It is impossible to convey to a person who does not have addiction controlling their life the excitement and liberation you feel once you decide to change, accept your limitations, and work everyday to seek newer and better ways to live “a normal life” without obsessing over wanting to numb. That’s why I write about it. But it makes people feel “awkward,” it seems. So I am supposed to confine and limit my experience to groups of other “users.” This does not make sense to me. You wouldn’t avoid talking to a person about their new “job,” so why would the topic of pursuing a life without addiction be any different? This is why maintaining sobriety can be difficult – it is more “polite” to ignore the addiction monster in casual conversation. This kind of sweeping under the rug behavior is bad for our children. They need to hear us talking about and showing them what a life built on zero reliance on alcohol looks and feels like. Just like we introduce our children to the concept of work by taking them to work with us, we should not be afraid to declare our commitment to sobriety to our friends, family and community.
The reality is that the younger a person is when they first experience alcohol, the more likely it will cause an addiction problem later in life. We don’t perpetuate self-sabotaging cycles in other health-related concerns (for instance, heart disease), so why are we reluctant to openly discuss and support addiction and sobriety?
I have a suspicion it is because many of us believe one of two things: that we are already slipping into bad habits of relying on alcohol to “numb” difficult emotional situations or we mistakenly believe we are immune to addiction. Those are highly dangerous beliefs. I think another reason people don’t want to talk about their feelings related to numbing and alcohol is because there is a widespread misunderstanding of what a sober life looks and feels like. I will definitely admit (if you have not already ascertained this fact!) that I am a much more sensitive person sober than drinking. I have to work hard to process my thoughts, feelings and responses to everyone and everything around me to avoid falling into old patterns of numbing. But that doesn’t mean my life is no longer fun or that I will not tolerate others’ drinking around me (everybody has their own barometer of tolerance about this, so it is always thoughtful to ask).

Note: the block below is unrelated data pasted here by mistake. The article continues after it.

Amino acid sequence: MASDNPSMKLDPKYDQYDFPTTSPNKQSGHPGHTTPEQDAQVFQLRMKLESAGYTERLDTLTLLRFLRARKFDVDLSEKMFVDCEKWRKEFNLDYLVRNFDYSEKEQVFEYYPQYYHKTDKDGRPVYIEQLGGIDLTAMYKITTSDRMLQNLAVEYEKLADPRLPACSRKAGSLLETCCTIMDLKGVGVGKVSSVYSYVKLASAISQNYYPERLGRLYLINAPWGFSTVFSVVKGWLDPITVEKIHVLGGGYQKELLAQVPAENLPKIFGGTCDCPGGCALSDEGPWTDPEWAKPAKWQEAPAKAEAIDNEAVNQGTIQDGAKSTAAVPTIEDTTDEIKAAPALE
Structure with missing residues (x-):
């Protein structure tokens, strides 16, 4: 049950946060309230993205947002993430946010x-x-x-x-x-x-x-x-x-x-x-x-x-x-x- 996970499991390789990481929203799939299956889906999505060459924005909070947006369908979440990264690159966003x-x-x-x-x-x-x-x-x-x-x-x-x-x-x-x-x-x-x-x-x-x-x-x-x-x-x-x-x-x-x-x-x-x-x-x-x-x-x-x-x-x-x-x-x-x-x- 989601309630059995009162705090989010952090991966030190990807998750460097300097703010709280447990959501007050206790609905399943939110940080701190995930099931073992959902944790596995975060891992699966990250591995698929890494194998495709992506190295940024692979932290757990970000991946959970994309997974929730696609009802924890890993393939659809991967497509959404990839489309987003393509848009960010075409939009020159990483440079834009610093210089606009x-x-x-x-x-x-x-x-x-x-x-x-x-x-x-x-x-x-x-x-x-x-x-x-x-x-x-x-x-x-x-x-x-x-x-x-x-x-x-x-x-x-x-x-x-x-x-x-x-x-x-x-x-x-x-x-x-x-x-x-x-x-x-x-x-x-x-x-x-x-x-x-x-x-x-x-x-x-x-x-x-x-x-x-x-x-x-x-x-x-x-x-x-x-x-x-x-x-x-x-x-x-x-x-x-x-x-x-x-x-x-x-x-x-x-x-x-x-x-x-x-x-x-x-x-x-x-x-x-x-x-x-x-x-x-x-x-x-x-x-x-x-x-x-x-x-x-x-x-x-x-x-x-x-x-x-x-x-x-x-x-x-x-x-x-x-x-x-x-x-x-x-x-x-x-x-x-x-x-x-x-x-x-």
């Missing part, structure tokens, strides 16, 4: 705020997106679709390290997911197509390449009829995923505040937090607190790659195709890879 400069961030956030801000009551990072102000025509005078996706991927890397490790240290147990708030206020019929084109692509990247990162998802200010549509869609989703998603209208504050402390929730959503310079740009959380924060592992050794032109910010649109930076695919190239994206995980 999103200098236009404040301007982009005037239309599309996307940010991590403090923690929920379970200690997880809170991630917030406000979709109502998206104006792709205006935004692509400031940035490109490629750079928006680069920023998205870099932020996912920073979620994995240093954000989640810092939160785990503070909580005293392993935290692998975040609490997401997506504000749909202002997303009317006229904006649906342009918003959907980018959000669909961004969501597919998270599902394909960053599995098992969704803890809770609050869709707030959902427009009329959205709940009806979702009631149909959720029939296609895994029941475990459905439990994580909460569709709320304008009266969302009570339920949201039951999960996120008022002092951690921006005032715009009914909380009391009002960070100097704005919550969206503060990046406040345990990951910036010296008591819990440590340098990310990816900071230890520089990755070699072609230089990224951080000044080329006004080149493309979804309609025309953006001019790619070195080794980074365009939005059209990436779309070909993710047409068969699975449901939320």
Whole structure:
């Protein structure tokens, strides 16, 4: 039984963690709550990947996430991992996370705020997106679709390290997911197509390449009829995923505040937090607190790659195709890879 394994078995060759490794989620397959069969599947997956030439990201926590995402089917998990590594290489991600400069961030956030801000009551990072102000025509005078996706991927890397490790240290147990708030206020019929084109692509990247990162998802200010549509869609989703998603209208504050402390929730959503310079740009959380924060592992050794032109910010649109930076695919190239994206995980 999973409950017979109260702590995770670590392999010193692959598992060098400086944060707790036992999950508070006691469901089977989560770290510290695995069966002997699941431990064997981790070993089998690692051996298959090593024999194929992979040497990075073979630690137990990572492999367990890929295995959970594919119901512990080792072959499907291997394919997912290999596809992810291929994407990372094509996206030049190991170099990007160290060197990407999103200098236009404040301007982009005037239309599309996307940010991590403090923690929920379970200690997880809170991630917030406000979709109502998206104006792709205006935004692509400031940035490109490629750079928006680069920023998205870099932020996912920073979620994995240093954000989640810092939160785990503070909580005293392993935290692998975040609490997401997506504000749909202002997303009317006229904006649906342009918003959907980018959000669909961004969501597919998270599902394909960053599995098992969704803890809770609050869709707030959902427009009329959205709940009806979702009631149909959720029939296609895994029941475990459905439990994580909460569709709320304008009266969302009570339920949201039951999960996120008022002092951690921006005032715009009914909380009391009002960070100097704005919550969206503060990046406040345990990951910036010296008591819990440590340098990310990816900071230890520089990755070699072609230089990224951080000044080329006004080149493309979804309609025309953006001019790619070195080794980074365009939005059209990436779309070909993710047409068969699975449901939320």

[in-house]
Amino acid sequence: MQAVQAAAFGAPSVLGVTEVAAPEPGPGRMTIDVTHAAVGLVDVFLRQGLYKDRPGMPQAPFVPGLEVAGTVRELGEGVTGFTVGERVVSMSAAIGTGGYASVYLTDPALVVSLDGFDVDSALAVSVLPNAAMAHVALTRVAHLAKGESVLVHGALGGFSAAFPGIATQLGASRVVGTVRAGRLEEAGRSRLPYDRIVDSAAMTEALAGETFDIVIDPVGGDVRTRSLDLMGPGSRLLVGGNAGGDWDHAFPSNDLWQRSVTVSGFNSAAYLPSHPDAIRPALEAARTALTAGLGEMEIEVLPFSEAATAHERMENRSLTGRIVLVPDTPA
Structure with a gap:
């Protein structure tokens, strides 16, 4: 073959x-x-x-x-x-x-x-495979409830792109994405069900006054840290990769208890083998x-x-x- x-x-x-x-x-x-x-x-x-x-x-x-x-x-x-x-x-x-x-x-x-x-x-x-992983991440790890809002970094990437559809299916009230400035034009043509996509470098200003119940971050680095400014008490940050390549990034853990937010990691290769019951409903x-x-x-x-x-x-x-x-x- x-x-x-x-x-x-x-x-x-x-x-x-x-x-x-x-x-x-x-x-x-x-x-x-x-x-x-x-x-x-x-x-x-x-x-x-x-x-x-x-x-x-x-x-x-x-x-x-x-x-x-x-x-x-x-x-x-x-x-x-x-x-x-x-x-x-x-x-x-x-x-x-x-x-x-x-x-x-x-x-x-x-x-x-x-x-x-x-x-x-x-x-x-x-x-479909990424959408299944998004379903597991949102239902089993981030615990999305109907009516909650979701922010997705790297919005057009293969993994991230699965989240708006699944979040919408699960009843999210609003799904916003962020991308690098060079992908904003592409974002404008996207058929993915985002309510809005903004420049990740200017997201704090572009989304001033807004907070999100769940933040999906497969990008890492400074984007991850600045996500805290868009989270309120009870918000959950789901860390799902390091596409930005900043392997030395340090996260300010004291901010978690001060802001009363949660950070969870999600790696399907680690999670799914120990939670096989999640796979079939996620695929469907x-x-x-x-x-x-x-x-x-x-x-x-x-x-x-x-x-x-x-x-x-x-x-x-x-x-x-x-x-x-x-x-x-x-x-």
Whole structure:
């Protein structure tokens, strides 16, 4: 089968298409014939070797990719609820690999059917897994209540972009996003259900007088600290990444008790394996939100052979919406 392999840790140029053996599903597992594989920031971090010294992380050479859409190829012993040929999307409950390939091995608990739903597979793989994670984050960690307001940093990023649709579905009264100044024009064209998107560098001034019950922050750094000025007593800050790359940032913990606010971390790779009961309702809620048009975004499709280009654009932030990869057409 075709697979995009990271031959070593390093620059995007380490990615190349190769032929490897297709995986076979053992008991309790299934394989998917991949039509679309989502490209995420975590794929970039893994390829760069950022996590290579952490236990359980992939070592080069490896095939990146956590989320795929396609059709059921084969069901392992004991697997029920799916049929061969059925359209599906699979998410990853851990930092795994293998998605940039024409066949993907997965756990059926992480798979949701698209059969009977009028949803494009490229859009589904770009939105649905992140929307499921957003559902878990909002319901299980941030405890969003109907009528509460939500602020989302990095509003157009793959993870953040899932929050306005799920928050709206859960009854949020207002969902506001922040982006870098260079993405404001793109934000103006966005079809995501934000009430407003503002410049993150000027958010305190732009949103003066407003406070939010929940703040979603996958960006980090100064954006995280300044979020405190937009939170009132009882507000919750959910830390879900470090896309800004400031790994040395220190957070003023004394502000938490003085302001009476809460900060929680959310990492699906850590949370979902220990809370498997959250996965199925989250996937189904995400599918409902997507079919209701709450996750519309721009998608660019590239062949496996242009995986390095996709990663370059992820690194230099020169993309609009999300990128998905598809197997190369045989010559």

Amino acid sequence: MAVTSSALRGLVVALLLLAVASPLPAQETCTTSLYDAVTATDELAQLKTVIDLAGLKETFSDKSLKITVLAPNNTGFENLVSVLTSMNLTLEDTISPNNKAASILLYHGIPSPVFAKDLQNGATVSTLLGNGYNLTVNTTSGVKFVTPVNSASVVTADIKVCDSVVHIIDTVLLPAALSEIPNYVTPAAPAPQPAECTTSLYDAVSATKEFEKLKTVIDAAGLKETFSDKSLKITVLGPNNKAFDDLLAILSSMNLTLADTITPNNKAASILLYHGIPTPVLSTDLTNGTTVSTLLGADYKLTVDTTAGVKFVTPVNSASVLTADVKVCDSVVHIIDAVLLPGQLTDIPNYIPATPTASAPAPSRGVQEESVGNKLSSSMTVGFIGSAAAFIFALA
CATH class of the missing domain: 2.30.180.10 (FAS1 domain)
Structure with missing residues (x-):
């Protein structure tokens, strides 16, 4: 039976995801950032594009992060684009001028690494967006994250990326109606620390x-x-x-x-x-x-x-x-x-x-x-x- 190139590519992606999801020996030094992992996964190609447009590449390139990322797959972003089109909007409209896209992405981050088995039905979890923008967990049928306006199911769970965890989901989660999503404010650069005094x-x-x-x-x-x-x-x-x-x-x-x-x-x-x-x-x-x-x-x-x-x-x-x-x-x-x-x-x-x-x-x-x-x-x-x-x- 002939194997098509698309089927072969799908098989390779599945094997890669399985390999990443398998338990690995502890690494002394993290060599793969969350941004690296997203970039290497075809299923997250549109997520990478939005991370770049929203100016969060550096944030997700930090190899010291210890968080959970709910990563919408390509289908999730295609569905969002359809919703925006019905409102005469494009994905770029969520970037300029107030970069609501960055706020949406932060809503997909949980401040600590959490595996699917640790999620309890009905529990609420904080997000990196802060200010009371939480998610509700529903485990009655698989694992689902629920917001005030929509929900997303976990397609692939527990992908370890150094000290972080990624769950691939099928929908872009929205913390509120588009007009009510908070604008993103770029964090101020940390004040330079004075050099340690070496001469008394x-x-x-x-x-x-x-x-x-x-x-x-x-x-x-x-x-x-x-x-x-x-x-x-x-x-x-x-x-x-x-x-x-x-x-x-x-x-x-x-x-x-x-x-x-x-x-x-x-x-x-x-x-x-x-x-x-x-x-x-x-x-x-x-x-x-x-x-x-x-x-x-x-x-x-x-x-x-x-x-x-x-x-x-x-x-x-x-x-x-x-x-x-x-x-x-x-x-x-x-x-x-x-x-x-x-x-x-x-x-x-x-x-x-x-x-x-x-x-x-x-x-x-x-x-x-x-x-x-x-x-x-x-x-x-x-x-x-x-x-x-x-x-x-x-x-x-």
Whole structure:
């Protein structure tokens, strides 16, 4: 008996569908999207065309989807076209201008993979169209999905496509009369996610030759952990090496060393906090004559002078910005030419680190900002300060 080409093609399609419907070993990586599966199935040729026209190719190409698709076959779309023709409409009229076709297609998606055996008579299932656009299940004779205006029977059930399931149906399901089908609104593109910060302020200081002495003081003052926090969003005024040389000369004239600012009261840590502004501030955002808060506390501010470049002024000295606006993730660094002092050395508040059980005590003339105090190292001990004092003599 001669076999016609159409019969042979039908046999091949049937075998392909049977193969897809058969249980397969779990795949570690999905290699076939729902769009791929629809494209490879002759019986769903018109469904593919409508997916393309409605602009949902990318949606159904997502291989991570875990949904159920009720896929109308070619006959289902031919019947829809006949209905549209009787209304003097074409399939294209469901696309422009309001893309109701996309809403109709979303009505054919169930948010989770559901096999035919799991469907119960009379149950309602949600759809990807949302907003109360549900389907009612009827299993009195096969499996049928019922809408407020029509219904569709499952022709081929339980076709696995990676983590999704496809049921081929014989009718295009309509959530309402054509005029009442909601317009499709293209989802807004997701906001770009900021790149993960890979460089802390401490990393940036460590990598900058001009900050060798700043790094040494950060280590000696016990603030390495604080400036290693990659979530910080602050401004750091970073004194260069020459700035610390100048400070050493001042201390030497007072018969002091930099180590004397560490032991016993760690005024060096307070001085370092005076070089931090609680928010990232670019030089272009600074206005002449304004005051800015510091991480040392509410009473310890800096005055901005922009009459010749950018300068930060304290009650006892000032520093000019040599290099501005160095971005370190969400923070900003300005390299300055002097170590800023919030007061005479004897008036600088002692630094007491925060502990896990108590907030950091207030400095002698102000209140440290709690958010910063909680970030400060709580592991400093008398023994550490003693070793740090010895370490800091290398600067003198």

Over the weekend, I felt so many “feels” as we celebrated our first-born child’s Graduation from High School. At once sentimental and fearful, the onslaught of well-wishing from people in your life you may still be reconciling with, the entire weekend was challenging and tiring for me to navigate. And the past two nights, my poorly trained brain with only 2 years of sober thinking under its belt, even began telling me “You should go ahead and enjoy a drink or 2 or 10. You don’t really have a problem.” This is proof to me that I will spend every waking moment for the rest of my life “managing” this enormous force that lives inside of me that wants to numb everything.
Finally, some thoughts about people in Recovery that might help others better understand this journey:
Sober people are fun people;
Getting sober means the party is just beginning, not ending.
Sober People do not intend to make you feel uncomfortable ;
Sober People would rather you throw out all your old ideas about Recovery and learn by engaging with them rather than avoiding the topic altogether;
Just like becoming confident about one’s performance in a new job, living comfortably in your own skin as a sober person takes time, and you should not have any unrealistic expectations about what this should look like – every sober person is unique.